Toshiba's luxurious Kirabook is the first Windows laptop to feature a display rivaling Apple's Retina technology. The Kirabook is also thinner and much lighter than Apple's MacBook Pro, and it's outfitted with a touchscreen. But although I wish I could report that Toshiba has crafted a masterpiece that fully justifies its $2000 price tag, this machine suffers from a couple of significant flaws.
With a native resolution of 2560 by 1440 pixels, the Kirabook's 13.3-inch display delivers a pixel density of 221 pixels per inch--just shy of the 227 ppi that Apple packs into the 13-inch MacBook Pro's 2560-by-1600-pixel display. If you think Apple's computers are overpriced, consider the fact that a 13-inch MacBook Pro with a 3.0GHz Intel Core i7-3540M processor sells for $100 less than the Kirabook, which runs on a 2.0GHz Intel Core i7-3537U CPU. Apple, however, doesn't currently offer any full-blown computers with touchscreens (the iPad doesn't count).
Clock speeds aren't everything, of course. The processor that Toshiba picked boasts a TDP (thermal design power) of just 17 watts, versus the 35-watt TDP of the chip that Apple uses. (Thermal design power refers to the maximum amount of power that a computer's cooling system must dissipate. A lower TDP is desirable for a mobile computer, because it improves battery life. In our test, the Kirabook's battery lasted an impressive 5 hours, 14 minutes.) The Kirabook's other key components include 8GB of DDR3-1600 memory and a 256GB solid-state drive. I'll get into the Kirabook's performance in depth later.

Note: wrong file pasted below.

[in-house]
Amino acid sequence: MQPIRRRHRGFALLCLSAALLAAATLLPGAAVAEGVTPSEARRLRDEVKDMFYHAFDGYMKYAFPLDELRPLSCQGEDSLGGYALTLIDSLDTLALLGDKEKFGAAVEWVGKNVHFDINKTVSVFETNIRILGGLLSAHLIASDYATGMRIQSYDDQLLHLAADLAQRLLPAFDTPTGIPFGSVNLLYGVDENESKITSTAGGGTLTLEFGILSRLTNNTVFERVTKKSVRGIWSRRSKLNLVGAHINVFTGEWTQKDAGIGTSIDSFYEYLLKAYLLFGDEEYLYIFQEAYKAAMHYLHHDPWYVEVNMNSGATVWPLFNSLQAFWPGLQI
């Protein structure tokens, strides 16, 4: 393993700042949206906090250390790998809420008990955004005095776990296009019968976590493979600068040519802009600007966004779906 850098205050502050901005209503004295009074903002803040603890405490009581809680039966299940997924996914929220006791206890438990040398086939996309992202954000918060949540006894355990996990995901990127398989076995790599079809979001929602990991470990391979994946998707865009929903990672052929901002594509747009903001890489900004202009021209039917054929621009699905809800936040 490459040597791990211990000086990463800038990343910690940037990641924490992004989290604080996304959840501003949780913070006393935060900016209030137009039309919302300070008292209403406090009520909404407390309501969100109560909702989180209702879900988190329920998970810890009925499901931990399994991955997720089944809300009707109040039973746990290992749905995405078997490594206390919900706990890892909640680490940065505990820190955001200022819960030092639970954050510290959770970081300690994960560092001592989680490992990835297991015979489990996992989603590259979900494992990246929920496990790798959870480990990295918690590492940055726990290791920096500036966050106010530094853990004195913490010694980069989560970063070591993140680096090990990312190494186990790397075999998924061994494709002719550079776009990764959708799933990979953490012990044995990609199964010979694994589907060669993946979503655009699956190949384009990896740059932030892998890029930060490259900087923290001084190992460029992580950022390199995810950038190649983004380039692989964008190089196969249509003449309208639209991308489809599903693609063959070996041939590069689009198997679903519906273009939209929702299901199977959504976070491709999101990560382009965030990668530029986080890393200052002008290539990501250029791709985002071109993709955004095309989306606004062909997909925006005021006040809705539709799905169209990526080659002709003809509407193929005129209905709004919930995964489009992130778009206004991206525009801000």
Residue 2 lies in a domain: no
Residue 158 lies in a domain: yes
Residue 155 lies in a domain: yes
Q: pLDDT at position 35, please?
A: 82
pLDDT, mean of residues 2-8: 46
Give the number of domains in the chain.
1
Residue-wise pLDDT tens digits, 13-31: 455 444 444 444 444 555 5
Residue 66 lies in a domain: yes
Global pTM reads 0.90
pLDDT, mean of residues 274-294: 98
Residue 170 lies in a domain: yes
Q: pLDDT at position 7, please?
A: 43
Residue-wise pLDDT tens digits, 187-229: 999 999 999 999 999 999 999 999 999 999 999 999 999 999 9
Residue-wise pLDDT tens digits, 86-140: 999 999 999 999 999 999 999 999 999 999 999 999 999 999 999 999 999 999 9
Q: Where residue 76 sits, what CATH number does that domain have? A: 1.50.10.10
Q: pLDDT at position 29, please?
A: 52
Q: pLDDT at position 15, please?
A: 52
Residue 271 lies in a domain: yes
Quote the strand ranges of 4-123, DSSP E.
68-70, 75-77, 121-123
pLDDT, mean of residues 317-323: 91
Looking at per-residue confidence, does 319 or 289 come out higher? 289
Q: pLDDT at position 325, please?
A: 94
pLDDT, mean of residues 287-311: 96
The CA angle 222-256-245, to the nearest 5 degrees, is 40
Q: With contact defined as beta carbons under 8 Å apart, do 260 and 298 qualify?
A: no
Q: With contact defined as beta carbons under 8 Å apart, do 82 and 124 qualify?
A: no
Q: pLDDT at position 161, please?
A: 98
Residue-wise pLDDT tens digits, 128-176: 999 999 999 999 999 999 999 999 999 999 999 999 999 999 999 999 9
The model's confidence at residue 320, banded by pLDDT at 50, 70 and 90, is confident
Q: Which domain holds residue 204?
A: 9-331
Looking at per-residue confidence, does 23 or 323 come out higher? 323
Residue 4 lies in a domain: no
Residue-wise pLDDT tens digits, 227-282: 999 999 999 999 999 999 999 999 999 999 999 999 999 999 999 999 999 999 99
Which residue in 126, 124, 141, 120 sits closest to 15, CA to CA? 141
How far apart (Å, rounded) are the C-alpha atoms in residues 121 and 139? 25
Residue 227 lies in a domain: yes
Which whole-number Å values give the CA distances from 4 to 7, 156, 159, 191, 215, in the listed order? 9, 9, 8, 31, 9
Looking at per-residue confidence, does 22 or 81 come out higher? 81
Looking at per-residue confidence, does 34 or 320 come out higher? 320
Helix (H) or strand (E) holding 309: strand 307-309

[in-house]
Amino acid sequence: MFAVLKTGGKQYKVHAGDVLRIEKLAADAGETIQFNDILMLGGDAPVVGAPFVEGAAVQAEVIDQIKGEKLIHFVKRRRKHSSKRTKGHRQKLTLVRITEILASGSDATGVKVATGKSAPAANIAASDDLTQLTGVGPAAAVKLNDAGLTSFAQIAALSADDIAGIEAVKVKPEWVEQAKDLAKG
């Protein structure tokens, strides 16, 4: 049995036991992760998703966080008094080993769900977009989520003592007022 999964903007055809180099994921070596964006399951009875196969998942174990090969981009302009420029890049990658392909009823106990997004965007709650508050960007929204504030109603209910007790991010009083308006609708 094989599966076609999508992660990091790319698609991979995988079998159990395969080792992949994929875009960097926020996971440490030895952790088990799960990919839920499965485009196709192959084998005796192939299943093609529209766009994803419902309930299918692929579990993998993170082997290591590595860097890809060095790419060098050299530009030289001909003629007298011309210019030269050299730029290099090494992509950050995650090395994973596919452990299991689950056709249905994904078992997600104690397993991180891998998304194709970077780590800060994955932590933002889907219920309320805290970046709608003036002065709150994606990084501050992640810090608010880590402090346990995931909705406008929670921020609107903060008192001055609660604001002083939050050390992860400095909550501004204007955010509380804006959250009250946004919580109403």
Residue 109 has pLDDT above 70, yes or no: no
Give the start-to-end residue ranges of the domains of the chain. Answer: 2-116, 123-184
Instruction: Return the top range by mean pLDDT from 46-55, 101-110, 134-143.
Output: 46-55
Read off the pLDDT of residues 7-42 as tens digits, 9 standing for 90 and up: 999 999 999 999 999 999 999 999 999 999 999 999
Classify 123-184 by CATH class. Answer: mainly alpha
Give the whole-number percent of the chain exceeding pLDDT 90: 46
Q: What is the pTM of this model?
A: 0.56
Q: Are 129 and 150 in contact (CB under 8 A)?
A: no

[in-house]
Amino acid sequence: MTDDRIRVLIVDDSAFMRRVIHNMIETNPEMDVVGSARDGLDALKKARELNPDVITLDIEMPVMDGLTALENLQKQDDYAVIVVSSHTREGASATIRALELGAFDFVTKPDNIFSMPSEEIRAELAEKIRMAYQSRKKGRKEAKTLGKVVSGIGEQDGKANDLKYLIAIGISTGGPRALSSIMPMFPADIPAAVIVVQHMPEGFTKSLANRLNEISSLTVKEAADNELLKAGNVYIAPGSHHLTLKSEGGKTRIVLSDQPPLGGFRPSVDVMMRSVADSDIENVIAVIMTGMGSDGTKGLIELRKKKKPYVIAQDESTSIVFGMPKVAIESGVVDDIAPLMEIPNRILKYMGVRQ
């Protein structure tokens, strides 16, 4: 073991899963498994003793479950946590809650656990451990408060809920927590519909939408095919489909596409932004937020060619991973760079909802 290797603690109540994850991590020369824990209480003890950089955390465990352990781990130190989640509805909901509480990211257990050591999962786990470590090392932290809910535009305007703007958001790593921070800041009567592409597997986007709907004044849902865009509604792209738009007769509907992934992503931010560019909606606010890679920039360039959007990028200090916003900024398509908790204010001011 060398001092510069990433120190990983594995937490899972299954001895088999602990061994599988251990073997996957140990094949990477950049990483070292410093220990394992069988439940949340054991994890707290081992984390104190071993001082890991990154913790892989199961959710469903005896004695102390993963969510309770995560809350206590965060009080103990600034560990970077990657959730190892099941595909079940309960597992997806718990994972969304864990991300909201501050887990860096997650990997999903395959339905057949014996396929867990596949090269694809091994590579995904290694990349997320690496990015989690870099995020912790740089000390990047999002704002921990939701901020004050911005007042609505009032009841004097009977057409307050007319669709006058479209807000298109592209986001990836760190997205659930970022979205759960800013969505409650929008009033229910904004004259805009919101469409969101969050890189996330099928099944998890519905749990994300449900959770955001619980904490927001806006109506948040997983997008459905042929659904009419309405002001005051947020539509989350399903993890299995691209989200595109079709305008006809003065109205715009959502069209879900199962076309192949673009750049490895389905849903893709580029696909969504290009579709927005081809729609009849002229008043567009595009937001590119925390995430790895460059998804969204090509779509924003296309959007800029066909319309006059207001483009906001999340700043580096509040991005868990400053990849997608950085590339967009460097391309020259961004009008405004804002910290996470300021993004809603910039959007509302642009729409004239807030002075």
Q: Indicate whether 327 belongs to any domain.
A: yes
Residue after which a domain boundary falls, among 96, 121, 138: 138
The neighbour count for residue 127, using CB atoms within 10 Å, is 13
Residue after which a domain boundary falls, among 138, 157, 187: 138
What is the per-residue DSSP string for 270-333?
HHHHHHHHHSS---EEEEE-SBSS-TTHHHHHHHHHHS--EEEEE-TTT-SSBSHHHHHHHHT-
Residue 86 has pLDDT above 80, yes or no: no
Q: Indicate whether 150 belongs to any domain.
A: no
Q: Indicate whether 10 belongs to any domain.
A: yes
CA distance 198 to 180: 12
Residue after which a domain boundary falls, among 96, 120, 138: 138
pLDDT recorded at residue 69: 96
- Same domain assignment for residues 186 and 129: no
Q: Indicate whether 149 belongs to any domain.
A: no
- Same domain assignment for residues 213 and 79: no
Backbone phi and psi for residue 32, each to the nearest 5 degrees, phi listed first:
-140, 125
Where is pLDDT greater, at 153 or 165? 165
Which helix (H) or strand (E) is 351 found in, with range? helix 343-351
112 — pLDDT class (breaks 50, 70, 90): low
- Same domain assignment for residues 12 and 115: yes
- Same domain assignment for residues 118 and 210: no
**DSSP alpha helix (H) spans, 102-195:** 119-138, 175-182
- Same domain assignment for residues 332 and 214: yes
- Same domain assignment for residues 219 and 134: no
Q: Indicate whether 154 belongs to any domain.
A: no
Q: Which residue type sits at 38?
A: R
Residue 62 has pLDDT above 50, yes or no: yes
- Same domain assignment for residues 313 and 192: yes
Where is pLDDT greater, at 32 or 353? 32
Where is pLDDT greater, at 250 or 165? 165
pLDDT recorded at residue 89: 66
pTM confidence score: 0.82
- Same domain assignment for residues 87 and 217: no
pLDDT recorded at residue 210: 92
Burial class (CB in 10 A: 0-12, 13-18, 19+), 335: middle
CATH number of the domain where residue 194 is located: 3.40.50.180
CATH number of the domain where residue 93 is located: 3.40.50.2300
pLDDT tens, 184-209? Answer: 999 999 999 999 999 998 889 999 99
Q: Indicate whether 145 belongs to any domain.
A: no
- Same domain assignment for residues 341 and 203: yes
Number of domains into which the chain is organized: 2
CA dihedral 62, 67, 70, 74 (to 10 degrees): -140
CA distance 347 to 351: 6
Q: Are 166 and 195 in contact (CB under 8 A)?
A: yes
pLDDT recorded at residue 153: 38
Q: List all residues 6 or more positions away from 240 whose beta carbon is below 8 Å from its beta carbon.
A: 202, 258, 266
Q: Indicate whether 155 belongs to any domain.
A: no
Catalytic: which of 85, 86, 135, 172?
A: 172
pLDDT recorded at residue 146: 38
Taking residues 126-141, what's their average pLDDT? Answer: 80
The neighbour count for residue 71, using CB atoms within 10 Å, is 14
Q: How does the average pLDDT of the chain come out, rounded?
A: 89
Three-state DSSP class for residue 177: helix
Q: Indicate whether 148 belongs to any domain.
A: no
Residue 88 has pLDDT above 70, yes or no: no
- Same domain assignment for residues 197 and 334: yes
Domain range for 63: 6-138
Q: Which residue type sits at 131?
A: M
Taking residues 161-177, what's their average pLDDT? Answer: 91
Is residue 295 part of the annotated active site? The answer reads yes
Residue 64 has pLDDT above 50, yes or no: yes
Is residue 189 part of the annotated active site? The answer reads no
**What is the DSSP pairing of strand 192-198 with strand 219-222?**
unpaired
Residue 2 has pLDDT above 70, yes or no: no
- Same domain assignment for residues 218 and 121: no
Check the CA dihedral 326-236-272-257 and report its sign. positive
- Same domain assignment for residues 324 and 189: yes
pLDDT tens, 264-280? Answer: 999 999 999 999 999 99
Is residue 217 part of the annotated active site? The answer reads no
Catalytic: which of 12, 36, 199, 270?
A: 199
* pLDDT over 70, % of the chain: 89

Photos, movies, and documents look gorgeous on the Kirabook's display. But when I compared the Kirabook to a 13-inch MacBook Pro with Retina display (Apple doesn't offer its high-res display on its thinner, lighter MacBook Air line), I found that Apple's product delivered far better contrast. Both machines rely on the Intel HD 4000 GPU core integrated into the CPU, so I don't know whether the Kirabook's problem is due to Toshiba's choice of Corning Concore glass (which is specifically formulated for touchscreens) or due to the fingerprint-resistant coating on the glass. Whatever the reason, it was no contest: The Retina display produced much deeper blacks.
Why no super high-res on the big screen?
Toshiba's touchscreen is very responsive, and since it supports ten touch points it accepts all Windows 8 gestures. But Toshiba made a serious mistake by outfitting the Kirabook with only an HDMI video output. If you connect the notebook to a big-screen monitor, the maximum resolution you'll get is 1920 by 1080 pixels. Had the laptop's designers specified DisplayPort, the Kirabook would have been able to drive a 27-inch display at its native resolution. I get it: HDMI is the most common digital video input on modern TVs and video projectors. But DisplayPort-to-HDMI adapters are dirt cheap and easy to carry. Limiting the Kirabook to HDMI-out cripples the system for desktop use.
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